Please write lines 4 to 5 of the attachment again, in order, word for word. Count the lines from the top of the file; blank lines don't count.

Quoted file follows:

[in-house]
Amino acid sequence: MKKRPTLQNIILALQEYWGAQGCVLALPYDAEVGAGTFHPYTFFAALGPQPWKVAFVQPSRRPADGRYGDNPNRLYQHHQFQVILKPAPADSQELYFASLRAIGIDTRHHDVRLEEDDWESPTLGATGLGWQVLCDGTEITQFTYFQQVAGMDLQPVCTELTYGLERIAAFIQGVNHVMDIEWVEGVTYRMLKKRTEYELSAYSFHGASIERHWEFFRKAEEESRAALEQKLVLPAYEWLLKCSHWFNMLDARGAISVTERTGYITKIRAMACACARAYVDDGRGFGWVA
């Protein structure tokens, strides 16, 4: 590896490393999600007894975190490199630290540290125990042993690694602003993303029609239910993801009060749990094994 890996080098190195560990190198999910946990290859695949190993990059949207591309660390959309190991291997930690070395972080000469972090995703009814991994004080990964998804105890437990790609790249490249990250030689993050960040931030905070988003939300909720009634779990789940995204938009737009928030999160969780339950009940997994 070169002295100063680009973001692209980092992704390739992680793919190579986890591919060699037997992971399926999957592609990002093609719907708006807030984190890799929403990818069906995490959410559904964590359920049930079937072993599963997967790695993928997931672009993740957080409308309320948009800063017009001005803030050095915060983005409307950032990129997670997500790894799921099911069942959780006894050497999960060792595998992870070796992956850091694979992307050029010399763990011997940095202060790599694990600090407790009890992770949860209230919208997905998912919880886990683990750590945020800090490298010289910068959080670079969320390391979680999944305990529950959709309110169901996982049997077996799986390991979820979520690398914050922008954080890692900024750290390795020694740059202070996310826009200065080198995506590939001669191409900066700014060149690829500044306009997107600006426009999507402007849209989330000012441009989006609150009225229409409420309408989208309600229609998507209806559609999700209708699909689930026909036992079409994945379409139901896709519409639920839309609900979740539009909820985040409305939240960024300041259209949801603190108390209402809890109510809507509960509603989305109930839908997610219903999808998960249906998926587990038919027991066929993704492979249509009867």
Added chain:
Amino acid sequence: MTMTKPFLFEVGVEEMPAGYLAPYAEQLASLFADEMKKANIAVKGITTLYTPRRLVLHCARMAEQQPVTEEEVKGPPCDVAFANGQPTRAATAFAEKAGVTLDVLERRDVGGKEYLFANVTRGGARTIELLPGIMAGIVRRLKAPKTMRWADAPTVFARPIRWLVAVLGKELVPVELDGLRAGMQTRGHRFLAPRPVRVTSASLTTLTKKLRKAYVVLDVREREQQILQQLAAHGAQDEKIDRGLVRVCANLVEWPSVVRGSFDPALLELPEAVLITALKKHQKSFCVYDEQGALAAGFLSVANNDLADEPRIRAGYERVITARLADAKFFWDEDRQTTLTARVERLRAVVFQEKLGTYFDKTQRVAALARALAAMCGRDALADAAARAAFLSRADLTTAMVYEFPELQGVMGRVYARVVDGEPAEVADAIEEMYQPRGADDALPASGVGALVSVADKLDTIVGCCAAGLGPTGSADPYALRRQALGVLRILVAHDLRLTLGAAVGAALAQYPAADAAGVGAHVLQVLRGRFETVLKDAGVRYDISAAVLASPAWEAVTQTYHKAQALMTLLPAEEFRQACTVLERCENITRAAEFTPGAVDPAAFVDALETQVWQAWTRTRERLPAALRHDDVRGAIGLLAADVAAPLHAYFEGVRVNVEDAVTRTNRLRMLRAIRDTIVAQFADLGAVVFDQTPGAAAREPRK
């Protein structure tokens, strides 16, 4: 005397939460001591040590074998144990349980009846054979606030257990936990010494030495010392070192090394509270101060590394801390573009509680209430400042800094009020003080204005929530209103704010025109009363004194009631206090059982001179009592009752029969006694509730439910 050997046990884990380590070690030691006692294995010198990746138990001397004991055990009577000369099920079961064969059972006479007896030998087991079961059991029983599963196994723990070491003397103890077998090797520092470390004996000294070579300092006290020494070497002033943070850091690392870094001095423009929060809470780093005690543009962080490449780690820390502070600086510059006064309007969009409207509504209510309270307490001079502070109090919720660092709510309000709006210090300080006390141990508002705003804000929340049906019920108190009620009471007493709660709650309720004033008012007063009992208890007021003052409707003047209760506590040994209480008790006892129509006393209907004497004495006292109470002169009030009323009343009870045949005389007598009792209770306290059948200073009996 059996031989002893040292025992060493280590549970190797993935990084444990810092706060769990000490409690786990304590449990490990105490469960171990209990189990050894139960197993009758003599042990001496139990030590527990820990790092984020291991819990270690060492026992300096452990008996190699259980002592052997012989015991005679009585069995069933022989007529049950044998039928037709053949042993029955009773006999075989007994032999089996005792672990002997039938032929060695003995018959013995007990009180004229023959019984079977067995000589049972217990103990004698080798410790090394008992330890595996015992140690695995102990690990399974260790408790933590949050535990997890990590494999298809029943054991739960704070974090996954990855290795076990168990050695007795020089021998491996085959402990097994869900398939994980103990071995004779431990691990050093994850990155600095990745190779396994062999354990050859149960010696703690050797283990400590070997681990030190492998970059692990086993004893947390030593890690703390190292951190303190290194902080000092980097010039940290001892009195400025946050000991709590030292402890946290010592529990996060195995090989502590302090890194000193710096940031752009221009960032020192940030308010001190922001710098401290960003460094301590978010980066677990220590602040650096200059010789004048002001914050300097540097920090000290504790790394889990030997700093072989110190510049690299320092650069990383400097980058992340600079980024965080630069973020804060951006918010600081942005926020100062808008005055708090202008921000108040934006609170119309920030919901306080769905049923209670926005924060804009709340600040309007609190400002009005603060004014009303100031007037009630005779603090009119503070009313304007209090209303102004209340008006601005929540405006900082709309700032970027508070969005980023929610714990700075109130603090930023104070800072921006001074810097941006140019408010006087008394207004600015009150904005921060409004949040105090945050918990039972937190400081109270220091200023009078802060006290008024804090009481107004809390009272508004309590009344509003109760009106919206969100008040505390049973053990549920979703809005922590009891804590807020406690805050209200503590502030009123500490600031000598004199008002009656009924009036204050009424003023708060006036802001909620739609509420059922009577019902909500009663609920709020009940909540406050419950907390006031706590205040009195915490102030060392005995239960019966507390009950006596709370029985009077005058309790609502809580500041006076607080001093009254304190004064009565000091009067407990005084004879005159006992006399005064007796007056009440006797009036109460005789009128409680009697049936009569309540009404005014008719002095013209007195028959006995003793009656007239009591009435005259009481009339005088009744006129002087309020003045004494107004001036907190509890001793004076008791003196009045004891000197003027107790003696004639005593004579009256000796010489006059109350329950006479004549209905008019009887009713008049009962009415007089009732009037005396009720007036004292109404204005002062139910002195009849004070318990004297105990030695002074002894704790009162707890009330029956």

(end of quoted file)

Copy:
Added chain:
Amino acid sequence: MTMTKPFLFEVGVEEMPAGYLAPYAEQLASLFADEMKKANIAVKGITTLYTPRRLVLHCARMAEQQPVTEEEVKGPPCDVAFANGQPTRAATAFAEKAGVTLDVLERRDVGGKEYLFANVTRGGARTIELLPGIMAGIVRRLKAPKTMRWADAPTVFARPIRWLVAVLGKELVPVELDGLRAGMQTRGHRFLAPRPVRVTSASLTTLTKKLRKAYVVLDVREREQQILQQLAAHGAQDEKIDRGLVRVCANLVEWPSVVRGSFDPALLELPEAVLITALKKHQKSFCVYDEQGALAAGFLSVANNDLADEPRIRAGYERVITARLADAKFFWDEDRQTTLTARVERLRAVVFQEKLGTYFDKTQRVAALARALAAMCGRDALADAAARAAFLSRADLTTAMVYEFPELQGVMGRVYARVVDGEPAEVADAIEEMYQPRGADDALPASGVGALVSVADKLDTIVGCCAAGLGPTGSADPYALRRQALGVLRILVAHDLRLTLGAAVGAALAQYPAADAAGVGAHVLQVLRGRFETVLKDAGVRYDISAAVLASPAWEAVTQTYHKAQALMTLLPAEEFRQACTVLERCENITRAAEFTPGAVDPAAFVDALETQVWQAWTRTRERLPAALRHDDVRGAIGLLAADVAAPLHAYFEGVRVNVEDAVTRTNRLRMLRAIRDTIVAQFADLGAVVFDQTPGAAAREPRK